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Francelle White first learned about her mother's exploits in World War II when she was six years old and has been fascinated by her achievements ever since. She is a Director of the international art and antiques transport company Gander & White, and lives in England with her husband. As a fundraiser in her spare time, she has raised thousands of pounds for charitable causes, including Alzheimer's, the disease from which her mother now suffers. This is her first book.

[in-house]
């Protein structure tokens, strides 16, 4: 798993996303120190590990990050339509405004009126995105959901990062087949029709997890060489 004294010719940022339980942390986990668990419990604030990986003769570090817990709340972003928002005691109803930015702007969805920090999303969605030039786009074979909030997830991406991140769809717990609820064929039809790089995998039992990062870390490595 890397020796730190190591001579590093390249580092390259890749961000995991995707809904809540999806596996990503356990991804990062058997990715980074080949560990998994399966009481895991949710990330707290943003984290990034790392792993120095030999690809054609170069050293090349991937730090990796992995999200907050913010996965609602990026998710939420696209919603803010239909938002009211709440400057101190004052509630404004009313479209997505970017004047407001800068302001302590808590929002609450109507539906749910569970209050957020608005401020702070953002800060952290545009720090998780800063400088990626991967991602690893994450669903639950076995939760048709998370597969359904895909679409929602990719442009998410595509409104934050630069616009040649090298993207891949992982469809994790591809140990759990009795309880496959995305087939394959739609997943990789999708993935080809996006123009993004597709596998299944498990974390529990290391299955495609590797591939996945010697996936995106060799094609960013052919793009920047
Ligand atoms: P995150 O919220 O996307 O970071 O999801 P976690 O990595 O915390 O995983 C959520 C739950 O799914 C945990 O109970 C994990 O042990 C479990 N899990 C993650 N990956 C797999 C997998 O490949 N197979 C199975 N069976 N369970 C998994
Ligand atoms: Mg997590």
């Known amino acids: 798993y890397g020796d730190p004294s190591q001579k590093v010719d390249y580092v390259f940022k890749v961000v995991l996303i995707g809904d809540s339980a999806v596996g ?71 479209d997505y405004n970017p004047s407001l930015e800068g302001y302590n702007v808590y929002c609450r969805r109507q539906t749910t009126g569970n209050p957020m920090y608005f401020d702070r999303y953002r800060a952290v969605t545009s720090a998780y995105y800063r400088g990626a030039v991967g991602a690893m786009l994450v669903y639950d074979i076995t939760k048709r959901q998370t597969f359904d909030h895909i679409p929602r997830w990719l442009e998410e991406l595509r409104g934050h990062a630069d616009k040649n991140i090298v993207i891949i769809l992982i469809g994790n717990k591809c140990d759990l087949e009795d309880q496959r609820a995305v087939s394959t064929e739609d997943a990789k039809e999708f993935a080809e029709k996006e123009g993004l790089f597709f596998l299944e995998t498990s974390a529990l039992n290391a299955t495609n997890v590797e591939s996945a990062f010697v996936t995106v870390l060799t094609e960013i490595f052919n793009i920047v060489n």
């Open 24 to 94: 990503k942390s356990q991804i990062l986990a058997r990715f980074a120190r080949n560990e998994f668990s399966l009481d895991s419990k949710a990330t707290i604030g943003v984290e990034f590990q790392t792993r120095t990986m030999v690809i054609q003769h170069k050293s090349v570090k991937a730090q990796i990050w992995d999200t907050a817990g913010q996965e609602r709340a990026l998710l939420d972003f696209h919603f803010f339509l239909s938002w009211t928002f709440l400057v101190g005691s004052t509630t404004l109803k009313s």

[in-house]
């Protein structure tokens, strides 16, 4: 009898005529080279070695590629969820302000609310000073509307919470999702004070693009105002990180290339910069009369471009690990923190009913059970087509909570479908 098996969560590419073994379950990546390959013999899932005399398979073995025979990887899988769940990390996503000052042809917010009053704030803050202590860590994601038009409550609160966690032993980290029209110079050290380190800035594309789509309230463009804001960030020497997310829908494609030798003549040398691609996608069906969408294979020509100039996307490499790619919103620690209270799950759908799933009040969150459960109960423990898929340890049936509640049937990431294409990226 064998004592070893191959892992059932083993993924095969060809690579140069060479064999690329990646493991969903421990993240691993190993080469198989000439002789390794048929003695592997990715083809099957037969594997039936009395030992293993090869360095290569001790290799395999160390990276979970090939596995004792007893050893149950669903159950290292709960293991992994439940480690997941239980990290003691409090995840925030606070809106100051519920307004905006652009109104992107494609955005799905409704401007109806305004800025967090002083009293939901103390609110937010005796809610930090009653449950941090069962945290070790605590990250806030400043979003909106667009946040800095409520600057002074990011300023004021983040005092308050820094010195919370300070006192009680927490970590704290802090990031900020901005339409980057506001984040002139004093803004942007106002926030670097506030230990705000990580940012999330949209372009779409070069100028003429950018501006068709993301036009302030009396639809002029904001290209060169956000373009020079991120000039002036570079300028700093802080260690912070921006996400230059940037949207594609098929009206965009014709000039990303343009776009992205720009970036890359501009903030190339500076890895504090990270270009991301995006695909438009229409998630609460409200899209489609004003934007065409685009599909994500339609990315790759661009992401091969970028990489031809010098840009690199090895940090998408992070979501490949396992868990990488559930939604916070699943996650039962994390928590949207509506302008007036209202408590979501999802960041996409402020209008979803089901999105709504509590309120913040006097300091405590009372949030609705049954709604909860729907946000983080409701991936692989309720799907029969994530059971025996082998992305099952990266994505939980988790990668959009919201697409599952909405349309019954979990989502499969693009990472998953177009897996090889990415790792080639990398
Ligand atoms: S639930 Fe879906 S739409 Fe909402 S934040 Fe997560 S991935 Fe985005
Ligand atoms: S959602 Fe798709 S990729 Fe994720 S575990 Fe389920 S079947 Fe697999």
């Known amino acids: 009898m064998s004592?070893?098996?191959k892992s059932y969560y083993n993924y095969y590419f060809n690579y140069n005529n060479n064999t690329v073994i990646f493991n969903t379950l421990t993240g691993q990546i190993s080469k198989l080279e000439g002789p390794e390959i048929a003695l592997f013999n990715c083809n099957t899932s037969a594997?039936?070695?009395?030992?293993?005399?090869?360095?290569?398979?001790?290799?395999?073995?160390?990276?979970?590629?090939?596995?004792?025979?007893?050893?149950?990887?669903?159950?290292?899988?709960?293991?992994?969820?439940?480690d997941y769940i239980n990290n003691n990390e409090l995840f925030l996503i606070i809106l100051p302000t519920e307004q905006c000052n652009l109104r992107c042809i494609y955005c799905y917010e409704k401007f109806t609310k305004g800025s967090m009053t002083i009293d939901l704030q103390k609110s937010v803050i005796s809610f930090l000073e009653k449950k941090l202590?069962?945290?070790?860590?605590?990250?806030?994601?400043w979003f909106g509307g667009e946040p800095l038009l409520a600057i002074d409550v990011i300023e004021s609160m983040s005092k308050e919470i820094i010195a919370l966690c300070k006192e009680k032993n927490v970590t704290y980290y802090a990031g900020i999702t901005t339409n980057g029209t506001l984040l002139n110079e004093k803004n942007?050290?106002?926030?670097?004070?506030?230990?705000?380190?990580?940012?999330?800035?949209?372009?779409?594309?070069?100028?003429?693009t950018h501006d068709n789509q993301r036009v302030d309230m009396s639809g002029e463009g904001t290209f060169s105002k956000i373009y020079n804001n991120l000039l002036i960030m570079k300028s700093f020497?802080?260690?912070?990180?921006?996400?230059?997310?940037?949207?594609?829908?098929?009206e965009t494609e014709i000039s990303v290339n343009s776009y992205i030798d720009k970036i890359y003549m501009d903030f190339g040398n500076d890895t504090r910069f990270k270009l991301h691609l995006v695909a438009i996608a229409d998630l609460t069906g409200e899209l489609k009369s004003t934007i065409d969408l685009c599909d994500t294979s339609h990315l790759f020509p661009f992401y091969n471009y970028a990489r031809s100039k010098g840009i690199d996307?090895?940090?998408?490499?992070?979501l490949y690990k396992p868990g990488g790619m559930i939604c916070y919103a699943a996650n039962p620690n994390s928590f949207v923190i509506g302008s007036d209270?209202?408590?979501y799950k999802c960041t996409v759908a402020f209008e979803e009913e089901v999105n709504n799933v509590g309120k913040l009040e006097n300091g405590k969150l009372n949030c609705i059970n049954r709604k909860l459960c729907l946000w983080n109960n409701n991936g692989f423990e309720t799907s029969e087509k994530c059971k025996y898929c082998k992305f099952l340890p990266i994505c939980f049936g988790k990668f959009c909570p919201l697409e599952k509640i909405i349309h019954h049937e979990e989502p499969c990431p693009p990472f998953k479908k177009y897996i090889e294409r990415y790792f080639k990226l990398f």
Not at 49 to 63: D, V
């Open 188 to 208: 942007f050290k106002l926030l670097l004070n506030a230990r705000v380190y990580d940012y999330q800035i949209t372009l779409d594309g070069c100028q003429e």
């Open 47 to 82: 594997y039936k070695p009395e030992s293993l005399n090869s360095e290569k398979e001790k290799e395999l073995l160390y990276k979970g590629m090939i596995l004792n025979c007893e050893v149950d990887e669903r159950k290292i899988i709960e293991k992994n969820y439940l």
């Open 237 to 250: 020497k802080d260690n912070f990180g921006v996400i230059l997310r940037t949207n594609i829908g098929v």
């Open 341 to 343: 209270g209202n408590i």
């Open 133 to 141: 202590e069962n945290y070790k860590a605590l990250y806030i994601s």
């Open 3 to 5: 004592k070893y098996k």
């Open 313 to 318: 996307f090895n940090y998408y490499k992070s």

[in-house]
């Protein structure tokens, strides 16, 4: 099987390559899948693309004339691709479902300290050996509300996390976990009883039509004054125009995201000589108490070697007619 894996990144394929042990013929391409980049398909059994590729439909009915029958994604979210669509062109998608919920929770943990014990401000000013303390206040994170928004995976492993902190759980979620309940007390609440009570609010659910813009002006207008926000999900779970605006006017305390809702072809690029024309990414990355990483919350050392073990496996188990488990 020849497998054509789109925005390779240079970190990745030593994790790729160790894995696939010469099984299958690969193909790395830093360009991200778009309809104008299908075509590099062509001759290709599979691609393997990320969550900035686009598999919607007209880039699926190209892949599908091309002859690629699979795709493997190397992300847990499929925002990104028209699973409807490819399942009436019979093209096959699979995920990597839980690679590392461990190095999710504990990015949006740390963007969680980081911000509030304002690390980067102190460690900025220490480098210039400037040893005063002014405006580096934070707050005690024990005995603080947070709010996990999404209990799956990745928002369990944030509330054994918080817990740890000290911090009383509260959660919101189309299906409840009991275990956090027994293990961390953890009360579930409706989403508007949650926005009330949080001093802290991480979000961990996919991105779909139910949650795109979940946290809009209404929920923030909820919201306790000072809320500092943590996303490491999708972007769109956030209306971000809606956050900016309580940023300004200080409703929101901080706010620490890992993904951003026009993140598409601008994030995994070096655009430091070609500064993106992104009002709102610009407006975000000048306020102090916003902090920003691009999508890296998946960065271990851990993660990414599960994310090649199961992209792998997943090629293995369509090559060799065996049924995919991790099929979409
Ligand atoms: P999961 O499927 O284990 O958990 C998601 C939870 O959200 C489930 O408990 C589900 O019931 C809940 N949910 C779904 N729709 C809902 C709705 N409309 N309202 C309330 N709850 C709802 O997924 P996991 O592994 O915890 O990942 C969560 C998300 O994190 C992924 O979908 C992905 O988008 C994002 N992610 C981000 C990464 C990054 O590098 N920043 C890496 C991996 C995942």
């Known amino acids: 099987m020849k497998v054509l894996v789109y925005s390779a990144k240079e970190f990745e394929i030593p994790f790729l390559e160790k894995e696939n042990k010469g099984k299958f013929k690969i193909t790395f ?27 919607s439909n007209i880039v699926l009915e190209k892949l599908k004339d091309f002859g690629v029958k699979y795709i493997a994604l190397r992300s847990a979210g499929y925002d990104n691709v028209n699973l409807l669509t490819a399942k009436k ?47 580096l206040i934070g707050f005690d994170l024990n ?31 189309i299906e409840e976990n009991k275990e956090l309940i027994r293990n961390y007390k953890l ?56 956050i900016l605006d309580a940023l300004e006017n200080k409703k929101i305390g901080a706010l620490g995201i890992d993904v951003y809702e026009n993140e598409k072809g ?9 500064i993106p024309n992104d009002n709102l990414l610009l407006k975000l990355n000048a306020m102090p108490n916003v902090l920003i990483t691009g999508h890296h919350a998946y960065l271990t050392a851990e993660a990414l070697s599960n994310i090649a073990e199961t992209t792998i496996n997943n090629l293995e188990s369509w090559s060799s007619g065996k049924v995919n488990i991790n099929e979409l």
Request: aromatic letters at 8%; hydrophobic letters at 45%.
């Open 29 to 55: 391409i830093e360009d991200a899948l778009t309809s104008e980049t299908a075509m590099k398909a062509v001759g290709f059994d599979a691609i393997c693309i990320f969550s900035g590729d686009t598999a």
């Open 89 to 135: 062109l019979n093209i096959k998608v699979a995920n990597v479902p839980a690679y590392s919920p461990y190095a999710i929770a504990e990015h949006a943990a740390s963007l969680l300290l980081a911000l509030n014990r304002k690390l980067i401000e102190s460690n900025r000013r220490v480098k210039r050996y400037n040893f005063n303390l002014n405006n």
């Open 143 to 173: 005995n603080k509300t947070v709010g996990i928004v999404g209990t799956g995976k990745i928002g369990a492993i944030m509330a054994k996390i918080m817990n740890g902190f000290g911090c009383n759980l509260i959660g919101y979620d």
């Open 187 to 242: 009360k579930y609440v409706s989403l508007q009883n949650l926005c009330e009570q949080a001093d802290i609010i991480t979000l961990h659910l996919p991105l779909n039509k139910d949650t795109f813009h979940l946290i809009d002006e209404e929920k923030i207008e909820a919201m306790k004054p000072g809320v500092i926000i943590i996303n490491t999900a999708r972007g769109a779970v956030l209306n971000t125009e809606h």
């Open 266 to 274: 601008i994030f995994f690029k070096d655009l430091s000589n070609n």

Andree Griotteray was only 19 when the Germans invaded France. She was just another young teenager, in search of fun and frivolity. Instead she found herself living in an occupied city, forced to work alongside the men who had invaded her country. Unable to stand by and do nothing, her younger brother Alain first set up an underground newspaper, urging readers to join the resistance, before creating his own resistance network. Andree risked her life to help him in both endeavours. Through her job at the passport department of the Police Headquarters in Paris, she typed up and printed copies of La France, and stole blank ID cards to be distributed to anyone attempting to escape France. She travelled across France, picking up and dropping off intelligence ultimately destined for the British and Americans, always fearless in the face of immense pressure. And then one day, she was betrayed and arrested. For the first time Andree's story is told in English, by her own daughter. Based on her diaries and conversations over the years, Francelle brings her mother's story to life. Despite her lifelong modesty, Andree has been lauded by the French government for her bravery. Now her achievements will reach a new audience.